Proposed trail from Grand Mesa to valley floor generates excitement
Palisade may today look enviously down valley when it comes to attracting mountain biking tourists to the small town.
But in reality, it’s sitting on a natural asset that neither Fruita nor Grand Junction can claim — the potential of a long, gravity-aided ride that would cover a massive elevation change, from the top of Grand Mesa to the Colorado River below.
Consider it Palisade’s peachy alternative to the famous “Whole Enchilada” ride in Moab — a world-class connection of various trails that draws people from all over who are eager to drop from the heights of the scenic La Sal Mountains all the way to the valley floor.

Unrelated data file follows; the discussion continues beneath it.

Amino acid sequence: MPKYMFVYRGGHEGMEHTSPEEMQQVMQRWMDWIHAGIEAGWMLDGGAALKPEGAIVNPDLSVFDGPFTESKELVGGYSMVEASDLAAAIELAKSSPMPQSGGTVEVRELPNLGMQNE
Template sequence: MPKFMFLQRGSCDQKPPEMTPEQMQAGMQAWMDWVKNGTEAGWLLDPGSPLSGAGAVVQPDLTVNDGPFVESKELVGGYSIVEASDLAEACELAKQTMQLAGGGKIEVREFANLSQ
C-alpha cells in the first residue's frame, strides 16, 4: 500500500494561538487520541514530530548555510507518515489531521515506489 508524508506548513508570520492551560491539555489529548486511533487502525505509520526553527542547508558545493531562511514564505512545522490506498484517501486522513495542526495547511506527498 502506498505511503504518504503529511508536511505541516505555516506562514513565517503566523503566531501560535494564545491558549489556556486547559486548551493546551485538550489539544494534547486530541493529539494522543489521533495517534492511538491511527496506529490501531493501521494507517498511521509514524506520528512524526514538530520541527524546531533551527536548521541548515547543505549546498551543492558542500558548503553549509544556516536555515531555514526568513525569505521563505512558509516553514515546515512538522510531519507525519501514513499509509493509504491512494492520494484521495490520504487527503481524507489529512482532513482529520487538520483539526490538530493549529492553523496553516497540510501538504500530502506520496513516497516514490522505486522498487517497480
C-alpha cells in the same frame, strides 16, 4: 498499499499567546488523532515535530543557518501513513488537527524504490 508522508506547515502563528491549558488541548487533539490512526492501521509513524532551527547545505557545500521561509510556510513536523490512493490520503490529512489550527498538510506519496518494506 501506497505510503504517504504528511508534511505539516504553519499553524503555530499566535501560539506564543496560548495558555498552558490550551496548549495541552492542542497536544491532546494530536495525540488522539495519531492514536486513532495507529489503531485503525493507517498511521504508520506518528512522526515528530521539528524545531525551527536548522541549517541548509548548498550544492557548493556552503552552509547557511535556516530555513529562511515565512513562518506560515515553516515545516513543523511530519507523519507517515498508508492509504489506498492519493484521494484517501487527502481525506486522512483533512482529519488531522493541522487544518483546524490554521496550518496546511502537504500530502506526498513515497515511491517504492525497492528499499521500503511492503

Call the potential local version a “Grand Enchilada,” maybe.
“Palisade holds a very enviable position geographically,” said Scott Winans, president of the Colorado Plateau Mountain Bike Trail Association and the co-owner of Rapid Creek Cycles in Palisade, where a potential Enchilada-style ride might end up.
“(The Whole Enchilada) is a trail that hundreds of people on a weekend are riding. Oftentimes, they are paying 30 to 40 dollars for a shuttle to the top of that trail, so they can ride their bike down,” Winans recently told Palisade town trustees.
“They are spending a day, or multiple days, in that region riding on trails,” he said.
Winans called the opportunity to develop a ride locally that begins at roughly 10,800 feet and ends at about 4,700 feet “money in the bank for our small town.”
PARTIAL TRAIL NETWORK IN PLACE